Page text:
George Johnson

PHOENIX — A state hearing officer is recommending the Arizona Corporation Commission seize control of Johnson Utilities, at least temporarily, and install its own manager.

The company provides water and sewer services for San Tan, Florence and Queen Creek area homes and businesses.

The finding by Sarah Harping comes after she concluded the company “has failed to provide service and equipment that is in all respects just, reasonable, safe, proper, adequate and sufficient.”

The company has failed to spend the money necessary for repairs and equipment, she said.

But Harping, while finding a laundry list of problems dating back more than a decade, said it would not be appropriate to impose fines and penalties on the firm.

Harping’s recommendation gives utility executives until 4 p.m. July 23 to contest the findings. After that, it will be up to the five-member ACC to decide whether to adopt her recommendation or not.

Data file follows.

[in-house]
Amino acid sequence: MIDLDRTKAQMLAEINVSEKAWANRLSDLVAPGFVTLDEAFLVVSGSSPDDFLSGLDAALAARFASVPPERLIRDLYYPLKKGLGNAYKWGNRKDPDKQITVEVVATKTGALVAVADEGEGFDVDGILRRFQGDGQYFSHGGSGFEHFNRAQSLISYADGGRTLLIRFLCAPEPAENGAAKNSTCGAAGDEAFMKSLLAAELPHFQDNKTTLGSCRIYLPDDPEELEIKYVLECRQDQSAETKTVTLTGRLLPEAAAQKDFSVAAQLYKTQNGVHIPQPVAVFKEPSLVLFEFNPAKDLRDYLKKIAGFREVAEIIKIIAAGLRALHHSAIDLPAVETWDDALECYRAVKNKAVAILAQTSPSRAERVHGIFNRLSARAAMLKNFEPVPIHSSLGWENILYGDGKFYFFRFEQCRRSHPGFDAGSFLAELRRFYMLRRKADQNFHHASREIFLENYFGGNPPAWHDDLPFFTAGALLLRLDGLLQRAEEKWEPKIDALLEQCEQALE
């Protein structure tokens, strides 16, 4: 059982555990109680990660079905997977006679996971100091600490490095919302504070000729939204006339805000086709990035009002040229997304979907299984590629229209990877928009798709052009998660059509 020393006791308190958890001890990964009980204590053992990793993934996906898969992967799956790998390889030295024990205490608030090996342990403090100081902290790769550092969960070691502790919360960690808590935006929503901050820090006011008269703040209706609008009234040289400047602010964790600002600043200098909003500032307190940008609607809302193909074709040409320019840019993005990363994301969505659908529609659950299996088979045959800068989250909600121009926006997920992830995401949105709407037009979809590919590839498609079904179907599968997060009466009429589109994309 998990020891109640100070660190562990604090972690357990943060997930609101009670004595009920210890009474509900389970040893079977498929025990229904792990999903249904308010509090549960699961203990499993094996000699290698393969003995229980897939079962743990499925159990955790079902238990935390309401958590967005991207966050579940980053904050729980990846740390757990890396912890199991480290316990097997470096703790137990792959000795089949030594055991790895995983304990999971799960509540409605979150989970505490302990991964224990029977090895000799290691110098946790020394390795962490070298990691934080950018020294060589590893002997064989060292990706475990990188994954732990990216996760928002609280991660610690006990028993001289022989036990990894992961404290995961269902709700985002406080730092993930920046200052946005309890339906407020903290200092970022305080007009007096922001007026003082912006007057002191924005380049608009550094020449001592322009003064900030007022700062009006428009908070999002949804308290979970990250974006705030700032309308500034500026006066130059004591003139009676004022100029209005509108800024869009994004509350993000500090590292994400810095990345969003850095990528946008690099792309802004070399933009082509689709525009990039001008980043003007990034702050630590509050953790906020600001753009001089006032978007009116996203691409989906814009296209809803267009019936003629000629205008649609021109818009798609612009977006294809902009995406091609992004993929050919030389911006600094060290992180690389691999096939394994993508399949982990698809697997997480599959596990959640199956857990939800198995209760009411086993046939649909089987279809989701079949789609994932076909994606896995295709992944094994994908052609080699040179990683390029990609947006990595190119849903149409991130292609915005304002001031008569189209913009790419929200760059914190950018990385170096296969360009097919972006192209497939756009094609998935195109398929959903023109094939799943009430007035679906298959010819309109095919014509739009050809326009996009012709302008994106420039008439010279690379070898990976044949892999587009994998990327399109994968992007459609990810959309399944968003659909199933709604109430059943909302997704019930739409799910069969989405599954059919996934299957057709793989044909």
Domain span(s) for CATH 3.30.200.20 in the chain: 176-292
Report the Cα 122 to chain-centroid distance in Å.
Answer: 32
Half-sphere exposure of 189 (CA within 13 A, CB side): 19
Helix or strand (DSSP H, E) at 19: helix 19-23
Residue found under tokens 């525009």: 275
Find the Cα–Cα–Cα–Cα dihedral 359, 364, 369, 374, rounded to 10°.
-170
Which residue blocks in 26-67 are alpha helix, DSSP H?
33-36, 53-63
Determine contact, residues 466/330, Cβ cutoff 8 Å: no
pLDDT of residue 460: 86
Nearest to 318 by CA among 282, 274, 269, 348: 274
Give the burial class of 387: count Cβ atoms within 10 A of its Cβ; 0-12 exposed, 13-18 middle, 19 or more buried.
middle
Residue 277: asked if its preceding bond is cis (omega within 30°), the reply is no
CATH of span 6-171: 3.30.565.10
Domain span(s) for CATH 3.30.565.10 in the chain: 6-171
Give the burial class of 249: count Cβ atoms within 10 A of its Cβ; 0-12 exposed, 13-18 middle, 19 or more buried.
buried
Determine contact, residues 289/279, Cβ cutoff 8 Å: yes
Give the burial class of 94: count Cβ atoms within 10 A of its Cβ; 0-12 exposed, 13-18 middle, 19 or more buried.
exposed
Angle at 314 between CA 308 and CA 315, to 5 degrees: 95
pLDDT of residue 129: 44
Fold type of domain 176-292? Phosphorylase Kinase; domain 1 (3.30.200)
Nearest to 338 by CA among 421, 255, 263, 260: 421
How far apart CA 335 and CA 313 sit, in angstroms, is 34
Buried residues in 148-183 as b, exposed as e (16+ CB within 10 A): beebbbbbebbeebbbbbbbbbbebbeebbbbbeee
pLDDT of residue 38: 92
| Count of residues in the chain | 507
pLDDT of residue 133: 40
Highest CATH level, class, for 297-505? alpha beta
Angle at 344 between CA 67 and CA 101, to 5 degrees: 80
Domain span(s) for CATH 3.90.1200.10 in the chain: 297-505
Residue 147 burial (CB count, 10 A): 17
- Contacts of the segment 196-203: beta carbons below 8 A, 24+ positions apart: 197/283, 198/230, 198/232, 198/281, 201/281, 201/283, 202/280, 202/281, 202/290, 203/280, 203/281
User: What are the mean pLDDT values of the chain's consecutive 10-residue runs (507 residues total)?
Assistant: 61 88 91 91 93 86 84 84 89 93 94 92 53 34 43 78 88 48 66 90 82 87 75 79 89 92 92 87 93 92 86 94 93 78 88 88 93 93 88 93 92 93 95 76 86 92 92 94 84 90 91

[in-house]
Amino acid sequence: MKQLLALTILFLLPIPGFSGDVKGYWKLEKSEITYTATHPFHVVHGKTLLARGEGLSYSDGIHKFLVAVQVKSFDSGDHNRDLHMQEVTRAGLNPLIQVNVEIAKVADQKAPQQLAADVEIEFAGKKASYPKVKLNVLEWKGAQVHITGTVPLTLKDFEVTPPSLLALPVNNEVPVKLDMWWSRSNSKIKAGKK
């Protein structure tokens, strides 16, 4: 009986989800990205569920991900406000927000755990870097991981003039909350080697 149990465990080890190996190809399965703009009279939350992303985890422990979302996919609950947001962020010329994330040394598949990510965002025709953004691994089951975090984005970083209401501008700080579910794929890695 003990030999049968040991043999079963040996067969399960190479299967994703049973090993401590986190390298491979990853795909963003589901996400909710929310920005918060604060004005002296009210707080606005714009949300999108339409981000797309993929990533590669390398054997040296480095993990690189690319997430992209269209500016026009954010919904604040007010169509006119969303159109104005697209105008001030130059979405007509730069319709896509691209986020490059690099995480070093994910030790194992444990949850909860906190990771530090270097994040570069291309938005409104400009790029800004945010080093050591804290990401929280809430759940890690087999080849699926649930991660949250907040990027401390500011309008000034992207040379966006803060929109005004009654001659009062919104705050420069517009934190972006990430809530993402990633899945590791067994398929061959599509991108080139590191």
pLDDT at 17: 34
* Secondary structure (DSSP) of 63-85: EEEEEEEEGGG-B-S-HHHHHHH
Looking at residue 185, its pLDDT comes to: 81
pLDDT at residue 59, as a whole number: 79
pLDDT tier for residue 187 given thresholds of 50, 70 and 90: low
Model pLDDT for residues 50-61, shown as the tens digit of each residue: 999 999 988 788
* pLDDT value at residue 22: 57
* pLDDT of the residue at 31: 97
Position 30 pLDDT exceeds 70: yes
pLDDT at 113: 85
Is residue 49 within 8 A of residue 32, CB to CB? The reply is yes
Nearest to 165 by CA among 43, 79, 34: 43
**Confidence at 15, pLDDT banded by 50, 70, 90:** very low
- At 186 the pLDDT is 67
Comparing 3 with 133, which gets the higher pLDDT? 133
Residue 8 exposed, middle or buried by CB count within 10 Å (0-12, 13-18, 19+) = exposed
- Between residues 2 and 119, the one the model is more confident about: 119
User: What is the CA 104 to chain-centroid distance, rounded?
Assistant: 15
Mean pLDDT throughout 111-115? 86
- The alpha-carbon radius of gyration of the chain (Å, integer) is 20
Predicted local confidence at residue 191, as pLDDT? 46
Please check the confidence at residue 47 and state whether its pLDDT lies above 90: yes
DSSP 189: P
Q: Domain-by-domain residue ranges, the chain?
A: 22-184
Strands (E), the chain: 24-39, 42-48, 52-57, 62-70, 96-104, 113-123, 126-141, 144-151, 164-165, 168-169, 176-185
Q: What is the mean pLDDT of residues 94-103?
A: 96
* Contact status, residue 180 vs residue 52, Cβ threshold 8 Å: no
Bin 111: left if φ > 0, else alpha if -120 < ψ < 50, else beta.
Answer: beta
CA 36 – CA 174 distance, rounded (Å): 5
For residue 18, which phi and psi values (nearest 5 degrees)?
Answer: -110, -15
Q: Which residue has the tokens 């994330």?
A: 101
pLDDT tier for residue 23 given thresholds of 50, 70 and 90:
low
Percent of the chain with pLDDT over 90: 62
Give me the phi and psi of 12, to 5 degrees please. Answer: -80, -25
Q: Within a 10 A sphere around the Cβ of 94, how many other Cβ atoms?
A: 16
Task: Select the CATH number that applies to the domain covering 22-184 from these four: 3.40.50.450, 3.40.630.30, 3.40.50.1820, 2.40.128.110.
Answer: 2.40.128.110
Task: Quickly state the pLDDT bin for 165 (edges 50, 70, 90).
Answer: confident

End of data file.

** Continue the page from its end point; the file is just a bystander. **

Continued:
Company attorney Jeff Crockett said he is still studying the 326-page report and has not yet reviewed it with Gary Drummond who, for the moment, is the utility’s manager and sole employee.

But Crockett said the company, even when it was under the control of George Johnson, who remains the owner, resisted suggestions of naming an interim manager.

“I don’t think there’s going to be any change in that position,” he said.

Crockett said he will file “exceptions” to Harping’s findings by the deadline.

All this is occurring against the backdrop of Johnson’s federal court trial on charges of bribing former utility regulator Gary Pierce. Both are awaiting the verdict of the jury.

The criminal charges have no direct bearing on what the commission might do, but Harping noted there is a connection of sorts.

Johnson, after being indicted, named Drummond, an attorney, in his place.

Drummond “does not have either an educational background in water treatment and distribution or wastewater collection and treatment or prior experience working in the water or wastewater utility industry,” she said.

Harping said the utility’s problems go deeper, including long-term issues with water quality and pressure.

From 2010 to earlier this year, the company had 78 raw-sewage spillages, each posing “a danger to public health and the environment,” she said.

Other problems she found include inaccurate bills.